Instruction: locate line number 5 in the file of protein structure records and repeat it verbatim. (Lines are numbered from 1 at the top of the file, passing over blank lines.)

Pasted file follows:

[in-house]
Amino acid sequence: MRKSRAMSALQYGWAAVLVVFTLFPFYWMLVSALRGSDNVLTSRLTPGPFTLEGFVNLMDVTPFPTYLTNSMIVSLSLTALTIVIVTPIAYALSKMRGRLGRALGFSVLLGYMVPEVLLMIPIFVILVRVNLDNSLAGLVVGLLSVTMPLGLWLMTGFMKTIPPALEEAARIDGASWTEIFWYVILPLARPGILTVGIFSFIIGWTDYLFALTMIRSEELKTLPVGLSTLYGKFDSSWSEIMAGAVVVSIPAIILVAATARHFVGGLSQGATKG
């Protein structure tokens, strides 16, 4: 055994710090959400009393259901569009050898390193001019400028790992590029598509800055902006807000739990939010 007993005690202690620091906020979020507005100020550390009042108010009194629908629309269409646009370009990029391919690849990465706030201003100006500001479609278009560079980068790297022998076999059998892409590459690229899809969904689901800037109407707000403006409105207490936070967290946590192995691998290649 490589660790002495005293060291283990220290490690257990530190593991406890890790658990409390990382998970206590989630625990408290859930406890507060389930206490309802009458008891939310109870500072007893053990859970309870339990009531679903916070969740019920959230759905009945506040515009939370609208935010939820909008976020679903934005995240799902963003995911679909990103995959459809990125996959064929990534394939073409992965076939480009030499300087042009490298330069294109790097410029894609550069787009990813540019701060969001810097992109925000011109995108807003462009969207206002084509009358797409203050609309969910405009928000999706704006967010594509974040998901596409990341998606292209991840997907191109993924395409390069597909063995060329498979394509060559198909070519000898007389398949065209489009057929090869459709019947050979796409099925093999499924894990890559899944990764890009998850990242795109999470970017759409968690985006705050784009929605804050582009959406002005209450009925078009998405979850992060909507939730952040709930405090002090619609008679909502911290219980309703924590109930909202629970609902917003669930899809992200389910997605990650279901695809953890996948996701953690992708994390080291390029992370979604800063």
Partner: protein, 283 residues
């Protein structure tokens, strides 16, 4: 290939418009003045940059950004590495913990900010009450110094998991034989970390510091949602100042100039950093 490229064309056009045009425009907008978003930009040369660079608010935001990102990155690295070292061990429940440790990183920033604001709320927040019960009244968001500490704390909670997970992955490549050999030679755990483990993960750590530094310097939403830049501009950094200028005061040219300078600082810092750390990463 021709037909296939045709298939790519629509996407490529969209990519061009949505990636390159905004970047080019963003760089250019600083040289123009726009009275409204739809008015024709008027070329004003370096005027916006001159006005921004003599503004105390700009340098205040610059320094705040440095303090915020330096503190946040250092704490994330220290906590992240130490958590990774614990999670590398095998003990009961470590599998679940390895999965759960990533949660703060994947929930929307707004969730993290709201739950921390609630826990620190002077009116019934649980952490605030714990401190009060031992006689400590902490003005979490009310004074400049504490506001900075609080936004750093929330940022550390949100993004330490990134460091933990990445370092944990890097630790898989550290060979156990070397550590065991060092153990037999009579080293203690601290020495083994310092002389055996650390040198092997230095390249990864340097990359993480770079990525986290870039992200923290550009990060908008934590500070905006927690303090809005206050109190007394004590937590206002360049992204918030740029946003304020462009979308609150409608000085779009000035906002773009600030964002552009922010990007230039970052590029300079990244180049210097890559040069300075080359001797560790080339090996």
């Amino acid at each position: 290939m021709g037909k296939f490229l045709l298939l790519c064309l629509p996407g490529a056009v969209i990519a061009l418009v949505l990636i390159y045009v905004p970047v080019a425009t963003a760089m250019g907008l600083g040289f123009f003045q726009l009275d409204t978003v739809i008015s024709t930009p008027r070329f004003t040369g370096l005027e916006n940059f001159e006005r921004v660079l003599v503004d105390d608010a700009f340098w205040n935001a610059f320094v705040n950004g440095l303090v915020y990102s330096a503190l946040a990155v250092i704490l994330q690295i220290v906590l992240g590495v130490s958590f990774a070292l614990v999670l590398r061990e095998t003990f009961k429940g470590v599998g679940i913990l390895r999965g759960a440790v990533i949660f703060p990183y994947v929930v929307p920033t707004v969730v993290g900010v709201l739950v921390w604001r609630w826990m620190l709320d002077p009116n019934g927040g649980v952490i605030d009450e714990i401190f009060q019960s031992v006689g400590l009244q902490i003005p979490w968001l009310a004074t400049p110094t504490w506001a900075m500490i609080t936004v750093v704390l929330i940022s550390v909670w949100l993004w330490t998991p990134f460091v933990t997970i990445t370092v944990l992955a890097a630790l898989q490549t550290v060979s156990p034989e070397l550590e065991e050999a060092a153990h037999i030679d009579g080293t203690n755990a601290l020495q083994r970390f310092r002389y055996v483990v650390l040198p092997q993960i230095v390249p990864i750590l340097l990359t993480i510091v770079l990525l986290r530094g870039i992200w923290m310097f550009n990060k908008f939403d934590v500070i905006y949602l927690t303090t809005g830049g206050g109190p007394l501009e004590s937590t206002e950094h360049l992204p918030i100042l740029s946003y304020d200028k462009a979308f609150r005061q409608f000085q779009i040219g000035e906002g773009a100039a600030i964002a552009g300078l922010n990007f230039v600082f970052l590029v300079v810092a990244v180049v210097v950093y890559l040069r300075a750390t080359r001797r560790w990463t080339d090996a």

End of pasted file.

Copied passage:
């Protein structure tokens, strides 16, 4: 290939418009003045940059950004590495913990900010009450110094998991034989970390510091949602100042100039950093 490229064309056009045009425009907008978003930009040369660079608010935001990102990155690295070292061990429940440790990183920033604001709320927040019960009244968001500490704390909670997970992955490549050999030679755990483990993960750590530094310097939403830049501009950094200028005061040219300078600082810092750390990463 021709037909296939045709298939790519629509996407490529969209990519061009949505990636390159905004970047080019963003760089250019600083040289123009726009009275409204739809008015024709008027070329004003370096005027916006001159006005921004003599503004105390700009340098205040610059320094705040440095303090915020330096503190946040250092704490994330220290906590992240130490958590990774614990999670590398095998003990009961470590599998679940390895999965759960990533949660703060994947929930929307707004969730993290709201739950921390609630826990620190002077009116019934649980952490605030714990401190009060031992006689400590902490003005979490009310004074400049504490506001900075609080936004750093929330940022550390949100993004330490990134460091933990990445370092944990890097630790898989550290060979156990070397550590065991060092153990037999009579080293203690601290020495083994310092002389055996650390040198092997230095390249990864340097990359993480770079990525986290870039992200923290550009990060908008934590500070905006927690303090809005206050109190007394004590937590206002360049992204918030740029946003304020462009979308609150409608000085779009000035906002773009600030964002552009922010990007230039970052590029300079990244180049210097890559040069300075080359001797560790080339090996």